Hard physical conditioning from early childhood was supplemented by a form of “training” that further hardened physical and mental resilience in battle. Much of this took the form of “mock” battles. Young chevaliers were, from early manhood, expected to take part in tournaments that, in the 11th-13th century period in particular, took the form of the “melee” rather than the later tilting joust. A melee was a serious business. Two small armies of contestants literally attacked each other; given the nature of the weapons of the period, the question of whether they were blunted or not was largely academic. In a full tournament, the arms and equipment of the losers were, typically, forfeited to the winners – a major incentive to fight hard, since arms and equipment were very, very costly in terms of the economy of the time. Serious injury and even death were frequent occurrences in such tournaments.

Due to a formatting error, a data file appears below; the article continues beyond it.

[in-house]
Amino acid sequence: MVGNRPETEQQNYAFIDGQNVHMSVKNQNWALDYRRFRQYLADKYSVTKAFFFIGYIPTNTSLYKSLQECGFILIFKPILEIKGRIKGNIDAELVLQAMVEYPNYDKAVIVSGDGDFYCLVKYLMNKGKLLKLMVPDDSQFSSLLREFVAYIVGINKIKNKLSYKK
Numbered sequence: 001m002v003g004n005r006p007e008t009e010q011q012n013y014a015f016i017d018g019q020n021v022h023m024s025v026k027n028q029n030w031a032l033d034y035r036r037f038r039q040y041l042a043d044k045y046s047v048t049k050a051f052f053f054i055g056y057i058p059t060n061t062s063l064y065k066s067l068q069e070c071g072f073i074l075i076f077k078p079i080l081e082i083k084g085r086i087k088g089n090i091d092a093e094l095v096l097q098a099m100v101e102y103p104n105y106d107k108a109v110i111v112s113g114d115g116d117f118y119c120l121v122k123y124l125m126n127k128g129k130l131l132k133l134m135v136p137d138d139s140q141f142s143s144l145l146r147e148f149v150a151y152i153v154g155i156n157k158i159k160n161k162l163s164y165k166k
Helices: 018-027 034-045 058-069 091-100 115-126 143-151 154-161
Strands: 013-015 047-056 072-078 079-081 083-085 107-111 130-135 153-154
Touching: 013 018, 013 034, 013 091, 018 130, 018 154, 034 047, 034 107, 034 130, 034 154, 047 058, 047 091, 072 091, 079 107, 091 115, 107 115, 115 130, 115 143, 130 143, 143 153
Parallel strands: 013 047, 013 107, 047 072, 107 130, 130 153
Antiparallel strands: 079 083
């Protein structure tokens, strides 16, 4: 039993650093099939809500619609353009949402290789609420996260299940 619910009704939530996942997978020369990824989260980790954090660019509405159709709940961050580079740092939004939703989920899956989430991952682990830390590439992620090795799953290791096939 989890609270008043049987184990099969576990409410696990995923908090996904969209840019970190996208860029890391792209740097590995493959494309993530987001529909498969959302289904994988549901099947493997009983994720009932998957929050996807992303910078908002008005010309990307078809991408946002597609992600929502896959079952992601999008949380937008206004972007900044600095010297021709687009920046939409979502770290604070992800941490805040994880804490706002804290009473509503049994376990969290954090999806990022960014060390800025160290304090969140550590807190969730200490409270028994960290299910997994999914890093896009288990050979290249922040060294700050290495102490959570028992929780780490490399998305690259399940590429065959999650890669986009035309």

Set against a general social background in which violence and killing, in contexts ranging from hunting, food preparation and just plain murder, were rather more common than they are now, it would hardly be surprising if a fully-formed medieval heavy cavalryman of the age was a lot better prepared, physically and mentally, than the generality of modern soldiers. Of course they were human, and often had to endure a very hard life; but they were of necessity well prepared for it. There is ample evidence that this sort of background could produce remarkably tough, resilient individuals. For example, the vicious tournament of the melee type was often viewed by its participants with the sort of enthusiasm that modern youths might reserve for football games, and the practice of the losers forfeiting their equipage to the winners meant that successful tournament participants could even make a profitable career on the “tournament circuit”. A case in point is William Marshall, who started out a poor knight, and whose rise to wealth and power (he became a principal adviser to King Henry II and King John of England, and guardian to John’s son Henry III during his minority, and died holding extensive lands in South Wales and Ireland) began with his success as a tournament champion. There is record of one vigorous tournament after which Marshall’s companions (the winners) went in search of him in order to settle the divvy-up of their vanquished foes’ gear. They found him at the blacksmith’s forge, with his head (contained in a full-cover helmet) resting on the anvil, as the blacksmith attempted to beat out the dents in said helmet so as to allow William to remove the thing. Those who could enjoy such entertainments were as well prepared as possible for the life of savage, in-your-face combat that was their profession.